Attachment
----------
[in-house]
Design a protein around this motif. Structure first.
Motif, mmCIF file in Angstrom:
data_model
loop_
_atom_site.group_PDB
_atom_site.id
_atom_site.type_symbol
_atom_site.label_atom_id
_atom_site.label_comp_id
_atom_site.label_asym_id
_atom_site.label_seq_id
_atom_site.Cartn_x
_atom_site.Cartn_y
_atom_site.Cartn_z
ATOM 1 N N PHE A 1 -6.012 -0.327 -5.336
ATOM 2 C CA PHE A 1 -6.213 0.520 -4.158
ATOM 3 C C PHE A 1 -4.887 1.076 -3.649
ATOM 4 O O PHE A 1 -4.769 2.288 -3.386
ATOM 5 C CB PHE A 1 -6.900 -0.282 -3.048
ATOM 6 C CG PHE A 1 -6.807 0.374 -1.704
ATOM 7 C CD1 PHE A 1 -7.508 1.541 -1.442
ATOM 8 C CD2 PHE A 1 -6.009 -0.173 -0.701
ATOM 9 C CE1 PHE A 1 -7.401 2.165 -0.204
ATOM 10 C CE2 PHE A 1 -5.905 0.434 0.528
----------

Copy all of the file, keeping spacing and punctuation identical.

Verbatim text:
[in-house]
Design a protein around this motif. Structure first.
Motif, mmCIF file in Angstrom:
data_model
loop_
_atom_site.group_PDB
_atom_site.id
_atom_site.type_symbol
_atom_site.label_atom_id
_atom_site.label_comp_id
_atom_site.label_asym_id
_atom_site.label_seq_id
_atom_site.Cartn_x
_atom_site.Cartn_y
_atom_site.Cartn_z
ATOM 1 N N PHE A 1 -6.012 -0.327 -5.336
ATOM 2 C CA PHE A 1 -6.213 0.520 -4.158
ATOM 3 C C PHE A 1 -4.887 1.076 -3.649
ATOM 4 O O PHE A 1 -4.769 2.288 -3.386
ATOM 5 C CB PHE A 1 -6.900 -0.282 -3.048
ATOM 6 C CG PHE A 1 -6.807 0.374 -1.704
ATOM 7 C CD1 PHE A 1 -7.508 1.541 -1.442
ATOM 8 C CD2 PHE A 1 -6.009 -0.173 -0.701
ATOM 9 C CE1 PHE A 1 -7.401 2.165 -0.204
ATOM 10 C CE2 PHE A 1 -5.905 0.434 0.528